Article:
Or, maybe the question is an indirect way of defending another profession’s turf. Psychologists, social workers, counselors and other mental health professionals have had to battle those who came before them to establish their rightful place in the world of psychological healing. Maybe another group of professionals feels the need to defend their turf now.

Perhaps, one or more coaches breached their oath and did not uphold their ethical responsibilities. In this case, the State would be justified in investigating our monitoring of our profession’s behaviour. Are the ICF and other coach associations doing their due diligence concerning monitoring their coaches, and providing oversight and training? It is likely that they are. In the service of our coaching clients and of its coaches, the ICF is committed to having all of their members follow its high ethical standards.

What does professionalism represent to the person asking the question? Do they want to make sure that they will be safe while working with a coach? Do they want to insure that they are getting what they signed up for rather than psychotherapy or consultation? Or perhaps they want coaching because it seems to be a good thing but it also seems hard to distinguish it from things your friends might say when discussing your problems with them.

As someone who has been doing this work for over twenty years, I can honestly say that coaching doesn’t completely fit the definition of “profession” that Merriam–Webster offers us. No doubt many coaches will find this conclusion controversial. However, I do know that the majority of coaches who are trained in Certified Training programs and who are dedicated to providing excellent service to their clients, act professionally. These coaches maintain high ethical standards. They are committed to their own ongoing education to increase their knowledge and to practice their coaching skills. These coaches have a wealth of curiosity and practice an experimental mindset, always looking for the powerful possibilities in their clients’ circumstances. They attend conferences in order to share with and train other coaches to maintain the high standards worthy of a profession.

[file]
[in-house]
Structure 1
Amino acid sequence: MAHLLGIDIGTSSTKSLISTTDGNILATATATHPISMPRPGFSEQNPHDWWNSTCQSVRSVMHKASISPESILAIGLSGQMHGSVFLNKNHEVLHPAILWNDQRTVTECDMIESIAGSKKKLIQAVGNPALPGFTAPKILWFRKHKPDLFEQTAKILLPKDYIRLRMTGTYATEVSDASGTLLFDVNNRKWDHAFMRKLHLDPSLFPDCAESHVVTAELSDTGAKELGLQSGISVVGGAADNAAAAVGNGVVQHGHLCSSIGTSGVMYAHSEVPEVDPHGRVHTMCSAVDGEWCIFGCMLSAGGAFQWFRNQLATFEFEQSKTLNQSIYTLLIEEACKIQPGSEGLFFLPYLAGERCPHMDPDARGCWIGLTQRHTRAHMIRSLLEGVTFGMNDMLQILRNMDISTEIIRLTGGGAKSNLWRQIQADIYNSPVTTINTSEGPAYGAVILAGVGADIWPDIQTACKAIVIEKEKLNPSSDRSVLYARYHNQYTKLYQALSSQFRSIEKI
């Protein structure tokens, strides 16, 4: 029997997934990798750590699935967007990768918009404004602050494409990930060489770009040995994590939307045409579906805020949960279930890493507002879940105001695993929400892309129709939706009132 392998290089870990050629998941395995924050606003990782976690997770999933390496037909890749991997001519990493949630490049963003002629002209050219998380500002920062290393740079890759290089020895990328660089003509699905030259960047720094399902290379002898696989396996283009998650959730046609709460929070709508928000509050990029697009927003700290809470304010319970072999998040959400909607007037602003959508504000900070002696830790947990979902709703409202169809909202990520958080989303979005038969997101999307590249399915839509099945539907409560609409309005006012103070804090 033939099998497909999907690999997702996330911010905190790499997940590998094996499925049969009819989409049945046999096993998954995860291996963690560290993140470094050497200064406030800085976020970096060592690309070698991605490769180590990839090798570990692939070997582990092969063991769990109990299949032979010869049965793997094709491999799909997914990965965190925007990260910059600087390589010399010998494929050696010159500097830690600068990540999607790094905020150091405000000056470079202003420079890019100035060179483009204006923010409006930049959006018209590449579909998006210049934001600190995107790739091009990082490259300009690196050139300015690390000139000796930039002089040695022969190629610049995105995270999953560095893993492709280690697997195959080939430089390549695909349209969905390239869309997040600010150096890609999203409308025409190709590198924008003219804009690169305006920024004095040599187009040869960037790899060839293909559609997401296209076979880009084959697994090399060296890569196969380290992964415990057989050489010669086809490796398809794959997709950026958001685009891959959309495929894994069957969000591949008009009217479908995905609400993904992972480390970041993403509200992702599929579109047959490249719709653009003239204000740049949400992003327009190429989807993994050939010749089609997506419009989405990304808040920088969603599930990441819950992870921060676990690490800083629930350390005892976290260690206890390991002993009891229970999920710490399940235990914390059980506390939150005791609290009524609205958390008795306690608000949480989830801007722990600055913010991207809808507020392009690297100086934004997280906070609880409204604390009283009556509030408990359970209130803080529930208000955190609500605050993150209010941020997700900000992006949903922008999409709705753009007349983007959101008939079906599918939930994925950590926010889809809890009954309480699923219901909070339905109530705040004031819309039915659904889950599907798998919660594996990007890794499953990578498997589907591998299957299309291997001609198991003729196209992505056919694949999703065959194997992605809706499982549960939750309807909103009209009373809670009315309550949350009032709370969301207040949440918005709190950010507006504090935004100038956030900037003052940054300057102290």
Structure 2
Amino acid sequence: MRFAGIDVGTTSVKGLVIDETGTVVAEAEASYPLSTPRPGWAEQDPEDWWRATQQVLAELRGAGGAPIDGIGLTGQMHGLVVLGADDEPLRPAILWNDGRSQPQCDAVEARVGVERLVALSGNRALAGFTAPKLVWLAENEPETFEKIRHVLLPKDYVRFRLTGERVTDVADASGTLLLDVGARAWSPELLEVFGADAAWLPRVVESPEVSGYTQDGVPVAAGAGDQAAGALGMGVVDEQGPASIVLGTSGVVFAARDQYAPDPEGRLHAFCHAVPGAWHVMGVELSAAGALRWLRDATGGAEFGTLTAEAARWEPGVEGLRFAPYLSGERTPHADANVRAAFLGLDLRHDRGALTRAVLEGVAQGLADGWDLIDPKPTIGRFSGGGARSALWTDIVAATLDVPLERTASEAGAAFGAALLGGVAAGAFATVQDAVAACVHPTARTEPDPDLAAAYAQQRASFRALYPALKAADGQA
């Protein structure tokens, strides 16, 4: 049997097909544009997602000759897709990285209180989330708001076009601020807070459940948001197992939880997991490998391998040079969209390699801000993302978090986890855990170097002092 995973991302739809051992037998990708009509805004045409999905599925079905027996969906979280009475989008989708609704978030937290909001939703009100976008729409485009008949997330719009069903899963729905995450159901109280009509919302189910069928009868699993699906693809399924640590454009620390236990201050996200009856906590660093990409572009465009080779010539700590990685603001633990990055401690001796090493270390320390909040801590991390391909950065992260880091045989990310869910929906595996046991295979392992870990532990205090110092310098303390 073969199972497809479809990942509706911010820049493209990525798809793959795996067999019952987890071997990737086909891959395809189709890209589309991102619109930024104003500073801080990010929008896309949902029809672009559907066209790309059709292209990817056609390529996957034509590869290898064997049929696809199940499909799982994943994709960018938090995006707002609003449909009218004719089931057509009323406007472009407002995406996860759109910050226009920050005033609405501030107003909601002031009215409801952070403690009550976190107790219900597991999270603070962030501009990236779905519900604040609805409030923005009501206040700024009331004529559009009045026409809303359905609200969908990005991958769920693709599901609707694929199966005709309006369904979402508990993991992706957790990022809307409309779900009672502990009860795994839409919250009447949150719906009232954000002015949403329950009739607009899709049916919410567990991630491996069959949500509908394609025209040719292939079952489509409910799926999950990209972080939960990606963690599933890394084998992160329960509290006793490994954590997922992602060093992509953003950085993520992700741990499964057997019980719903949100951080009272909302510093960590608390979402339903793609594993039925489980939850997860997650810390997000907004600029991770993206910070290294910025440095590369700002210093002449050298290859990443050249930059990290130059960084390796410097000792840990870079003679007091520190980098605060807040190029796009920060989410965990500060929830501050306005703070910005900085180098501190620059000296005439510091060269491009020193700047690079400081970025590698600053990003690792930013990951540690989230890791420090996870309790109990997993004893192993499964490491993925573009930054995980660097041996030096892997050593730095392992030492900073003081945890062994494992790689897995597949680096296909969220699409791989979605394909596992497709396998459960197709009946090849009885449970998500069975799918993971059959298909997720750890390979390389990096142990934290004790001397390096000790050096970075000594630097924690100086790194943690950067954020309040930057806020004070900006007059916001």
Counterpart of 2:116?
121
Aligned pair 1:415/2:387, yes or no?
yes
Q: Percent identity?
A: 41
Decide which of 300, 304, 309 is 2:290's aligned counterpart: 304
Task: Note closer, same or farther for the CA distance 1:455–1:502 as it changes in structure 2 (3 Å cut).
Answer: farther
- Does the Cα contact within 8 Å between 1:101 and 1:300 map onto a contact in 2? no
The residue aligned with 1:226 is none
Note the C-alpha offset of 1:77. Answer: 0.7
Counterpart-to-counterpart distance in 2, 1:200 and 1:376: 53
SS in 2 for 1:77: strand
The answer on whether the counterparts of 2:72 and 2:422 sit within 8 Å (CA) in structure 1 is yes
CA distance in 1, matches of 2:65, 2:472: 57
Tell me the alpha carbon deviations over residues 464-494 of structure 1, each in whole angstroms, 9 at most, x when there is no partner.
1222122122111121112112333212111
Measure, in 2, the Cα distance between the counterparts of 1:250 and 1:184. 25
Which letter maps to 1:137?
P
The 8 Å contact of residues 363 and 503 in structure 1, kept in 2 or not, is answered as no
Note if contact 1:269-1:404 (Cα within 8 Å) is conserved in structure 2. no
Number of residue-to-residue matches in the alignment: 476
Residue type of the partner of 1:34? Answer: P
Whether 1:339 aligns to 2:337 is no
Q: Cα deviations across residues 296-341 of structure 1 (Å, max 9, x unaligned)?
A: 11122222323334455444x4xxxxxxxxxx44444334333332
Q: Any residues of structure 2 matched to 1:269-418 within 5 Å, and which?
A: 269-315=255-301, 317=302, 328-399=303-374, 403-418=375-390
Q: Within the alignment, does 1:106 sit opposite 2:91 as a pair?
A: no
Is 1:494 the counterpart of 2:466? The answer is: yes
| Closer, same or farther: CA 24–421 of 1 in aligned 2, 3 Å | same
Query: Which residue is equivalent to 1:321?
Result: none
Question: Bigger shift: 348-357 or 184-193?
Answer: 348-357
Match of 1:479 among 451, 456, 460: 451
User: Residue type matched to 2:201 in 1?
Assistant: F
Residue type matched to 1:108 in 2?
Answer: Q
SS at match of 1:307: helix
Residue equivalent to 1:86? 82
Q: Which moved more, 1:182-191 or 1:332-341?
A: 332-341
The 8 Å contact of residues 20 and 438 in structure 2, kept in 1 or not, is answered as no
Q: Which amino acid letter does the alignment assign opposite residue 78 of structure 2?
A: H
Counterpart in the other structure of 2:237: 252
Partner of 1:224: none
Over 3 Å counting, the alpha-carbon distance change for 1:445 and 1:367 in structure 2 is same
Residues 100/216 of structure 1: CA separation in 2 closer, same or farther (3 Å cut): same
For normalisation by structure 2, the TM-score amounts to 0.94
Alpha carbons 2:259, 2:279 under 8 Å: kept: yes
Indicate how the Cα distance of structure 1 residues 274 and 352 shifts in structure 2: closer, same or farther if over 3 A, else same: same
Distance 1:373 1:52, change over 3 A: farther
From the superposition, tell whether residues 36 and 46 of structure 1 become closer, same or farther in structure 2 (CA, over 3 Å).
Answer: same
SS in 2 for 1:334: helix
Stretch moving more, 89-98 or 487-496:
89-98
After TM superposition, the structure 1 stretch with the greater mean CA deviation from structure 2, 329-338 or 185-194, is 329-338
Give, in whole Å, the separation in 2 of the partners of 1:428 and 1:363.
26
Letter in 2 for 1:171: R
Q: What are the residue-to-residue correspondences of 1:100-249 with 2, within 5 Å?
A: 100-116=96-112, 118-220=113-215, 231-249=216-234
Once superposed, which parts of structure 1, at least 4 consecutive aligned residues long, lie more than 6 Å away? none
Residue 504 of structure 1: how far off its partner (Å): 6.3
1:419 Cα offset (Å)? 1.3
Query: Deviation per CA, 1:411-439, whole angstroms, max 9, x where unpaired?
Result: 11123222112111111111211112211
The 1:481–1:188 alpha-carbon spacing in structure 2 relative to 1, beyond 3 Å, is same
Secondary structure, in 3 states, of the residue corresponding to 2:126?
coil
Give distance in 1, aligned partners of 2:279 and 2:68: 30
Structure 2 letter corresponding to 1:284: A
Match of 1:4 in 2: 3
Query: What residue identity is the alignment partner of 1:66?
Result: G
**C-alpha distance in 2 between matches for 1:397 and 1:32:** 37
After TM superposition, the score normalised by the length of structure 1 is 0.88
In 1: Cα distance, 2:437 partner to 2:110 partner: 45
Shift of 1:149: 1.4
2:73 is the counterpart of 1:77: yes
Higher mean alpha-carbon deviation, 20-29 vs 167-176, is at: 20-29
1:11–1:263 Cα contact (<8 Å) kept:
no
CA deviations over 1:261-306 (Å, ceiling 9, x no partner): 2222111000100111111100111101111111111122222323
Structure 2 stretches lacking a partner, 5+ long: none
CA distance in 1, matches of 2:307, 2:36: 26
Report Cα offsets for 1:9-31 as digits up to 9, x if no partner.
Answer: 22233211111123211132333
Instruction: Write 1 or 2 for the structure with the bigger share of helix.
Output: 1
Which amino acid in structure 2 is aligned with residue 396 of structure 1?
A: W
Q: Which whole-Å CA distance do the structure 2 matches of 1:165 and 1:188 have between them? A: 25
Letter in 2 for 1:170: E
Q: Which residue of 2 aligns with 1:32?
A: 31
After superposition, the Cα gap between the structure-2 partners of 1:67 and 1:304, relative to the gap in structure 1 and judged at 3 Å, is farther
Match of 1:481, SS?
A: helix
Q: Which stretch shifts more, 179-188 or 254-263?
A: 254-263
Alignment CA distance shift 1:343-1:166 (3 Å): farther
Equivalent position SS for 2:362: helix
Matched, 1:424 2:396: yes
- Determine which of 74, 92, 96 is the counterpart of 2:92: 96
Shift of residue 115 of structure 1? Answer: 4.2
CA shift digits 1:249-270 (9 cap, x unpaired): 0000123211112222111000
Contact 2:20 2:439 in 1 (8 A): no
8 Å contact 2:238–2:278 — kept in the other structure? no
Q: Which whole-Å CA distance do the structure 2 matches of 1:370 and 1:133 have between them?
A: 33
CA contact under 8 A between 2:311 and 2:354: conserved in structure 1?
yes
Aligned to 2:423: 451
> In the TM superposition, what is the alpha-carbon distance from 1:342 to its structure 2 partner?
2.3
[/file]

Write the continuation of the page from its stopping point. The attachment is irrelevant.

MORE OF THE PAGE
Coaching is a multidisciplinary profession. It spans the techniques of various professions. Therefore, it allows its practitioners to work with people in many different settings with many different needs. There is not one theoretical base or experimental model that ties all of coaching together. There are, however, common beliefs that all coaches share. People have the creativity and resources within them to visualise and strategise exactly what they need in most situations. A coach’s job is to listen deeply, ask questions, co-create successful strategies and hold their clients to succeeding at their goals.

Coaching may be a relatively new idea. But, it stems from an old human passion to help people live the lives of their dreams. Coaches are also experts in successfully navigating change. In these days of tumult, uncertainty, and violent planetary change, it is a worthy profession of and belief in possibility, hope and evolution.